Any issues or areas the interviewer has noted down to return to?
11. I think what I found fascinating was your take on the centralised control of driverless cars versus the autonomous cars, because I’ve heard quite a few American observers say the same sort of thing, whereas I think in the UK and Europe it’s kind of the opposite, we think this central system, because otherwise, how do you get a lot of the benefits? But that’s kind of an interesting one.
That’s more of a cultural difference in part. The US government has been funding connected vehicles in one form or another for, at this point 25 years since the first ITS [Intelligent Transportation Systems] program. The early IVHS [Intelligent Vehicle/Highway Systems] programs were out in the early 90’s and they are sort of stuck on this centralized role, and they keep bringing it back, and the world is changing around them, but they can’t get off of this mindset.
If you think about where did the best automated vehicle research come from, it came from roboticists at Carnegie Mellon and Stanford because they were responding to a Department of Defence research program (DARPA Urban Challenge). Not a Department of Transportation research program, but a Department of Defense research program.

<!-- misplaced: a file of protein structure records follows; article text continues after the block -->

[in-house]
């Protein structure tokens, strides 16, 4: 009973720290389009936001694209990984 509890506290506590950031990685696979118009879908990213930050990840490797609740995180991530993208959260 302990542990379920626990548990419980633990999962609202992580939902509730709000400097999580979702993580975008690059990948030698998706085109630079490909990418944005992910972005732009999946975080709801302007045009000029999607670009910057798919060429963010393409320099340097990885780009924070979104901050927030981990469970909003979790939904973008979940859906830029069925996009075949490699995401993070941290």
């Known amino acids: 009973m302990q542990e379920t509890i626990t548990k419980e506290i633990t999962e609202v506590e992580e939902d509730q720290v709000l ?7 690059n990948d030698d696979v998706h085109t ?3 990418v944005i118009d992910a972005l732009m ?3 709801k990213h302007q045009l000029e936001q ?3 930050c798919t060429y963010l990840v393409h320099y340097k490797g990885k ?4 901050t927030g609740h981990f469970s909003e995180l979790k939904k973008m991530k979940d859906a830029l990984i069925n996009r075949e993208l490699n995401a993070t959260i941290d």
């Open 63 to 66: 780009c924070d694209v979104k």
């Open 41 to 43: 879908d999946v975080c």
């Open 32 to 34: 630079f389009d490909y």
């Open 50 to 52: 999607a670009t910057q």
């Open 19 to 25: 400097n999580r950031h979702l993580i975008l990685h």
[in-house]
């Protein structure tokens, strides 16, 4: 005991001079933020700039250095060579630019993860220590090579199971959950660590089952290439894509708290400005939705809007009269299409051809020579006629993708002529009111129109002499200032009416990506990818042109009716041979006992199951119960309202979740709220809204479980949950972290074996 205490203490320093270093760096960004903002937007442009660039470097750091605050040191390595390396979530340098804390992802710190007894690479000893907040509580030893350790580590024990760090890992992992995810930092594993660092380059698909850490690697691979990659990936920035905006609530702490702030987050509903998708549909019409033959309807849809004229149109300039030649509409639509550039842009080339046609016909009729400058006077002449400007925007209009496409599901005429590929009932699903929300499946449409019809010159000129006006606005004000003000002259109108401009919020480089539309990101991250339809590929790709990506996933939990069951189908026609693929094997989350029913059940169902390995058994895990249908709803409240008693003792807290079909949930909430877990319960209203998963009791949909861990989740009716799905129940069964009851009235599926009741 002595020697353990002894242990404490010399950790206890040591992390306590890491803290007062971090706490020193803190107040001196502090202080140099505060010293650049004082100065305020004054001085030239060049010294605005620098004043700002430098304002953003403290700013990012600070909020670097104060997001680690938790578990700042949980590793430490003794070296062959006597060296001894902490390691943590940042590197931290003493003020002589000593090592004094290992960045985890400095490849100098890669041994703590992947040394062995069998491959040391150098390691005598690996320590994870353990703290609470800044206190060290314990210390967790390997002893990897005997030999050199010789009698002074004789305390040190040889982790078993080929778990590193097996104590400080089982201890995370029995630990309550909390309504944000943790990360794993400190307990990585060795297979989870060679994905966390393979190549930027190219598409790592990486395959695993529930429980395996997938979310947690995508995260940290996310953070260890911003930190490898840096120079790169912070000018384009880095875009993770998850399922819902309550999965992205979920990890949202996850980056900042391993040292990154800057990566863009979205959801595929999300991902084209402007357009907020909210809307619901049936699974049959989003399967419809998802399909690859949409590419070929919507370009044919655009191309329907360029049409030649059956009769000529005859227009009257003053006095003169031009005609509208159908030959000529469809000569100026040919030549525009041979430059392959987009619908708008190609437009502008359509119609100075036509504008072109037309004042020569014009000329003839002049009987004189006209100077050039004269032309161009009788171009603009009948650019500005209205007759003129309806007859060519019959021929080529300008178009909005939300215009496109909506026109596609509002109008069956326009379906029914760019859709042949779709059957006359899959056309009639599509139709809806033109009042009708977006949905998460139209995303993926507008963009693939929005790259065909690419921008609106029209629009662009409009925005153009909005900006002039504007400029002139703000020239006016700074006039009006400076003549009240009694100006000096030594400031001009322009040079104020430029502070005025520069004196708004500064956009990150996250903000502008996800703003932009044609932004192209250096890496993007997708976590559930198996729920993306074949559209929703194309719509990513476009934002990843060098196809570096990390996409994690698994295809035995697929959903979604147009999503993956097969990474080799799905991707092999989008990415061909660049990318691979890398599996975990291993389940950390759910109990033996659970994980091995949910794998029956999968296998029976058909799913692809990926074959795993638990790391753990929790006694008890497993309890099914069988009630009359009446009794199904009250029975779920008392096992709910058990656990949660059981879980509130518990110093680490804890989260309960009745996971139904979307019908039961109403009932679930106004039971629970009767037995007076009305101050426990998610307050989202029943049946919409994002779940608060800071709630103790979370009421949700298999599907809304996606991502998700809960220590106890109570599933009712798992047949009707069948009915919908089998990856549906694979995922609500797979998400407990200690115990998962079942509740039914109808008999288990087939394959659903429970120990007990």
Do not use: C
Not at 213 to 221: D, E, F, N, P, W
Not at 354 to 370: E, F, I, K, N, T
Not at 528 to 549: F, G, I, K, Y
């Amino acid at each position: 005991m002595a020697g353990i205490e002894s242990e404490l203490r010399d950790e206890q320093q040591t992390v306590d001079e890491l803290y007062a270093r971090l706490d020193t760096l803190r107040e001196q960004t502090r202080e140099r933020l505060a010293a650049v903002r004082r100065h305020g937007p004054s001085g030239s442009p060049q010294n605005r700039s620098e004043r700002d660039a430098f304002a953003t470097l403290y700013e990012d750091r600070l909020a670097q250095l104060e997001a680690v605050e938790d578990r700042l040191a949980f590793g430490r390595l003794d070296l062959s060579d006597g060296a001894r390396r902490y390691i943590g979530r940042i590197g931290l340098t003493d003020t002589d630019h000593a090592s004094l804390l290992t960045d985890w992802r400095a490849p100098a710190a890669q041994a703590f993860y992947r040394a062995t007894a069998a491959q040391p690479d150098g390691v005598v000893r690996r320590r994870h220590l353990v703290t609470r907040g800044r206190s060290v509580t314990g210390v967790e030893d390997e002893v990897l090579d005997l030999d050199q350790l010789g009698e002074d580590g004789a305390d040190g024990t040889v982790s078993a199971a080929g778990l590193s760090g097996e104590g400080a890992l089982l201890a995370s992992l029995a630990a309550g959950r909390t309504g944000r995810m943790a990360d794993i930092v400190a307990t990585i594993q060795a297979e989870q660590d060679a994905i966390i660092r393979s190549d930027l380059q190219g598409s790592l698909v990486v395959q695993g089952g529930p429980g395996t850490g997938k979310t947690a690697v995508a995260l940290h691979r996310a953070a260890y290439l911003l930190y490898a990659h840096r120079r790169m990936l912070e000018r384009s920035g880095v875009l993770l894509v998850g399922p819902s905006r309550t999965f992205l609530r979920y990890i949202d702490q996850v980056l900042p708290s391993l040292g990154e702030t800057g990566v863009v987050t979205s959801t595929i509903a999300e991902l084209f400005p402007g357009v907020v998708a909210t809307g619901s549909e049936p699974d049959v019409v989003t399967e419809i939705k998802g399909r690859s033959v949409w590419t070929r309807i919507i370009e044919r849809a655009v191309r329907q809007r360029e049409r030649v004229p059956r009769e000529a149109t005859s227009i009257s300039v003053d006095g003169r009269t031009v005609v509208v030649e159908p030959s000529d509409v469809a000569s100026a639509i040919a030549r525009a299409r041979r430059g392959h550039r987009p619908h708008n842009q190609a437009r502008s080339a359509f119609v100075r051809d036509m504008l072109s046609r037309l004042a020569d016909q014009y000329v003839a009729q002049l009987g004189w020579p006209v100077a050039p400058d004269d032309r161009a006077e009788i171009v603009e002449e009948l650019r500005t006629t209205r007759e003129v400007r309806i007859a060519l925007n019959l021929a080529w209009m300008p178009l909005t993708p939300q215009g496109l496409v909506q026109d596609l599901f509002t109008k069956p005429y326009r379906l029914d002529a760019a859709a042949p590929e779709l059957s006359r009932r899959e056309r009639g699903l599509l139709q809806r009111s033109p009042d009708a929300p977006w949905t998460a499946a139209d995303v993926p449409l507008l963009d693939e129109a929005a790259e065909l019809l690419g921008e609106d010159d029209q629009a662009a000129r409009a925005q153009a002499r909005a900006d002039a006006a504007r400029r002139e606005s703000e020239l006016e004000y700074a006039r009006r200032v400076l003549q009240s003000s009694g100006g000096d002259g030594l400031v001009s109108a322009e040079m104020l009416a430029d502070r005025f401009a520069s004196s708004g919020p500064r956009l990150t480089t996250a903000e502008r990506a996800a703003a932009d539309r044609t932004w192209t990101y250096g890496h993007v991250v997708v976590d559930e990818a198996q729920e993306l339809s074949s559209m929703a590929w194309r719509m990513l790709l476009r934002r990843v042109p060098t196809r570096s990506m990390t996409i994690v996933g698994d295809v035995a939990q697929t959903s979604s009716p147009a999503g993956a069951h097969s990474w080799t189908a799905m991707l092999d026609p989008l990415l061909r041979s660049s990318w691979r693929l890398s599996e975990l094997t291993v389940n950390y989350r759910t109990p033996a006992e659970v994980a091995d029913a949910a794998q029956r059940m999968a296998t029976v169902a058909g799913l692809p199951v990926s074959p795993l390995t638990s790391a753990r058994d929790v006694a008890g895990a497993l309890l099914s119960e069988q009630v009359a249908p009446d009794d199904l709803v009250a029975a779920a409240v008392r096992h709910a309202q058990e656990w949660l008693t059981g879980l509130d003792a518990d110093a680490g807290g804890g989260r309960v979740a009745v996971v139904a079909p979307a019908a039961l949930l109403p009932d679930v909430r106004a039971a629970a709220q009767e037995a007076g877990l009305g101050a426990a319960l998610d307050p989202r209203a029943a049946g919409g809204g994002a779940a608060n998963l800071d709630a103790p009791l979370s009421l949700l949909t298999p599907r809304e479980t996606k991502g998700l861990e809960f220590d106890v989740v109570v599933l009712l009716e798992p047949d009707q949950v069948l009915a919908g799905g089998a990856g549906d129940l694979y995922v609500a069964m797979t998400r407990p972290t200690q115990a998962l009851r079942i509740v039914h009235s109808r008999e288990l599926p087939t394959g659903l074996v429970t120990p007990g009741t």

And then these roboticists from Stanford and CMU get hired by Google (and others more recently by Uber), a firm in the Information Technology sector, not a traditional carmakers or infrastructure agency.
I don’t want to say that the existing firms will all go out of business, but some of them certainly will. What’s the advantage that General Motors or Ford has in this world? Maybe they will still be able to manufacture cheaply, I don’t know. I’m not even convinced of that. If you think about it, you’re simultaneously changing what the entire car is, the sensors are replacing the control functions, electrification is changing the entire motor system, it’s simpler to manufacture. It is possible there is not even going to be a role for all the traditional manufacturers, and you can just assemble these vehicles in many different places, on automated assembly lines. There’s no special advantage that General Motors has with its traditional internal combustion engine has on these new types of vehicles.
The roads will still have to exist for a while, at least until we get to the flying car stage, but that’s a ways off. And in the roads sector you might see some consolidation, I mean we have many layers of governments operating roads in the US and I guess in other countries too, and we don’t do that with other public utilities in the same way. So the question is, why are there 4 layers of government operating roads, can we get that down to one or two, one which is operating the backbone, and one which is operating the local streets. I think there might be some reorganization there, but that’s largely independent of automated vehicles. There might be some advantages to consolidation by getting the technology deployed to dynamically reconfigure lanes. They are nice thoughts but the guys at local Departments of Public Works are still backwards generally in the US.
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